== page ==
Depth of Field
When a scene is viewed through a lens, focus is possible at a particular distance. As you move away from this point, objects appear to lose their sharpness. The depth of field is the section of the scene in which geometry is rendered sharply. Outside of the depth of field, objects appear gradually blurrier.
For some scenes, such as landscapes, it is useful to have a very large depth of field. However, in other cases such as portraits, focus on a particular object is necessary and relevant. Depth of field essentially functions as a technique for drawing attention to a specific area of a scene.
HOOPS Visualize offers the depth of field feature as an option of the
HPS::WindowKey. You can also set three parameters: near distance, far distance, and strength. Near and far help determine the area of focus. The near value represents the camera distance in front of which geometry will begin to appear out of focus while the far parameter indicates the camera distance beyond which geometry will appear out of focus. The larger the difference between near and far the greater the depth of field. For a smaller area of focus, decrease the difference between the near and far values. Note that although the range of values for both is from positive to negative infinity, negative values may have little effect since geometry behind the camera is invisible.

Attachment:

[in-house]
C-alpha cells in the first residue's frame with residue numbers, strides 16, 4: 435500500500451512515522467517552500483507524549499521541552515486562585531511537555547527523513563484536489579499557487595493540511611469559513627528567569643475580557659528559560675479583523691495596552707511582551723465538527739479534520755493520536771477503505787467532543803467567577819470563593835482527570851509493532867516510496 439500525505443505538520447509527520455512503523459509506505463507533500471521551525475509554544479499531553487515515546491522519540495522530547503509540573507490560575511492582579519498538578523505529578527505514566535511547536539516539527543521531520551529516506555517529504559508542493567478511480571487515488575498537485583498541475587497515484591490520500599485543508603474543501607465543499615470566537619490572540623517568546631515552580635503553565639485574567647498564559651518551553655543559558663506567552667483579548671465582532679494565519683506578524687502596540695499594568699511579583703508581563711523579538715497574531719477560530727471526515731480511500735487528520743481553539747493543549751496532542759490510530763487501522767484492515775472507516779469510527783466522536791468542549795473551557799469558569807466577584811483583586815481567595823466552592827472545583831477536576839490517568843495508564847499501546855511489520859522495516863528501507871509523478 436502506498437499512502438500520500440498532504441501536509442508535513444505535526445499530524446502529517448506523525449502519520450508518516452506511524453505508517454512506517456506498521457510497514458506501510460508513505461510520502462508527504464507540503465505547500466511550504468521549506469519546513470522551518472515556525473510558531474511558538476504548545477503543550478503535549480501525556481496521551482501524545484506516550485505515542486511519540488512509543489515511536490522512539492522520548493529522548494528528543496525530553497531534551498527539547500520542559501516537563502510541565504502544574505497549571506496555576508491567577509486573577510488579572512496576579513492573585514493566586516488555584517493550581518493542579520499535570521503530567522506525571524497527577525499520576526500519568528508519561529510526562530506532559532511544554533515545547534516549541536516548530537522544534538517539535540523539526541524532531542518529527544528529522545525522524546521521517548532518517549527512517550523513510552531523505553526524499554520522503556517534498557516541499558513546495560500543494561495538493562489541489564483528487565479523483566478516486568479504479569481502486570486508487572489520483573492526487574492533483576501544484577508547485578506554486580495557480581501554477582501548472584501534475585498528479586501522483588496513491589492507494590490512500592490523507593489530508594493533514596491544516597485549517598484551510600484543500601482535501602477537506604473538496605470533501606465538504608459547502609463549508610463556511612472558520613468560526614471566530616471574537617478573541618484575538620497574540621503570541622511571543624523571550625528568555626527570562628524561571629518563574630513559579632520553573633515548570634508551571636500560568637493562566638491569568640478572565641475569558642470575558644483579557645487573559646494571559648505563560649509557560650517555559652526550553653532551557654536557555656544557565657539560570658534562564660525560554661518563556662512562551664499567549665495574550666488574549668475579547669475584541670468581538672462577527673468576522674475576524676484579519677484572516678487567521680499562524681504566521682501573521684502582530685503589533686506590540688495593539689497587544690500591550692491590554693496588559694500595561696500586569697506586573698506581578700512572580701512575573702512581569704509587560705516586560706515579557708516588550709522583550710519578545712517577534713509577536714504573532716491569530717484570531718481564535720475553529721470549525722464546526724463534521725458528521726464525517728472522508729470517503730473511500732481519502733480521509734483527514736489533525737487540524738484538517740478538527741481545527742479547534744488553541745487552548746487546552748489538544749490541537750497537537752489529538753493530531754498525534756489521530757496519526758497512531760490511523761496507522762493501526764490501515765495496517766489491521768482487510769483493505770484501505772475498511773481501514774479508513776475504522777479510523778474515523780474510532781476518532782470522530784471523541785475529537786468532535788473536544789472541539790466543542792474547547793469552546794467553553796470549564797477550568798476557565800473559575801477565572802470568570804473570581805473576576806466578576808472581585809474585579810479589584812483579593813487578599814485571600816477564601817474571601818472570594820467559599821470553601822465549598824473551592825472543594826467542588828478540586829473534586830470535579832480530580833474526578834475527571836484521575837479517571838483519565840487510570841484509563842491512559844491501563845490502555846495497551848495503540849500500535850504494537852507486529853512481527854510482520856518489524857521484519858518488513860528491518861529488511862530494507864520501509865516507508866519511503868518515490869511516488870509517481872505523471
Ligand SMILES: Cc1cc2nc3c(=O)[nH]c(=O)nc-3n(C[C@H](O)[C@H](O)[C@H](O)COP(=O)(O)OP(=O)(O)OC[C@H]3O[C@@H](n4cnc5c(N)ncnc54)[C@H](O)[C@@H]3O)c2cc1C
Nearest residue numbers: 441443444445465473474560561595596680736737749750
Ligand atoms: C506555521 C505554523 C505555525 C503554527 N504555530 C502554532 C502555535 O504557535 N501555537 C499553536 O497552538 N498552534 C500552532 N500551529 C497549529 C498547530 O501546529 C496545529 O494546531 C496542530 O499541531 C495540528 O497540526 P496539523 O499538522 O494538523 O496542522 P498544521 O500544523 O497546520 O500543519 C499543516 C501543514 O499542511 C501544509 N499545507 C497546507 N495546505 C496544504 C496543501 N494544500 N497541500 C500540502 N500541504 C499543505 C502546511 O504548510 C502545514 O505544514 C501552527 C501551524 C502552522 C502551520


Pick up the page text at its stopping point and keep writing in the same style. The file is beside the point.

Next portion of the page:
Finally, the strength parameter determines the level of contrast between the in-focus and out-of-focus areas of the scene.
HPS::PostProcessEffectsKit ppek; ppek.SetDepthOfField(true, 5.0f, 5.0f, 30.0f); myWindowKey.SetPostProcessEffects(ppek);
HPS.PostProcessEffectsKit ppek = new HPS.PostProcessEffectsKit(); ppek.SetDepthOfField(true, 5.0f, 5.0f, 30.0f); myWindowKey.SetPostProcessEffects(ppek);
This image shows how depth of field can be used to draw attention to a specific object in a scene.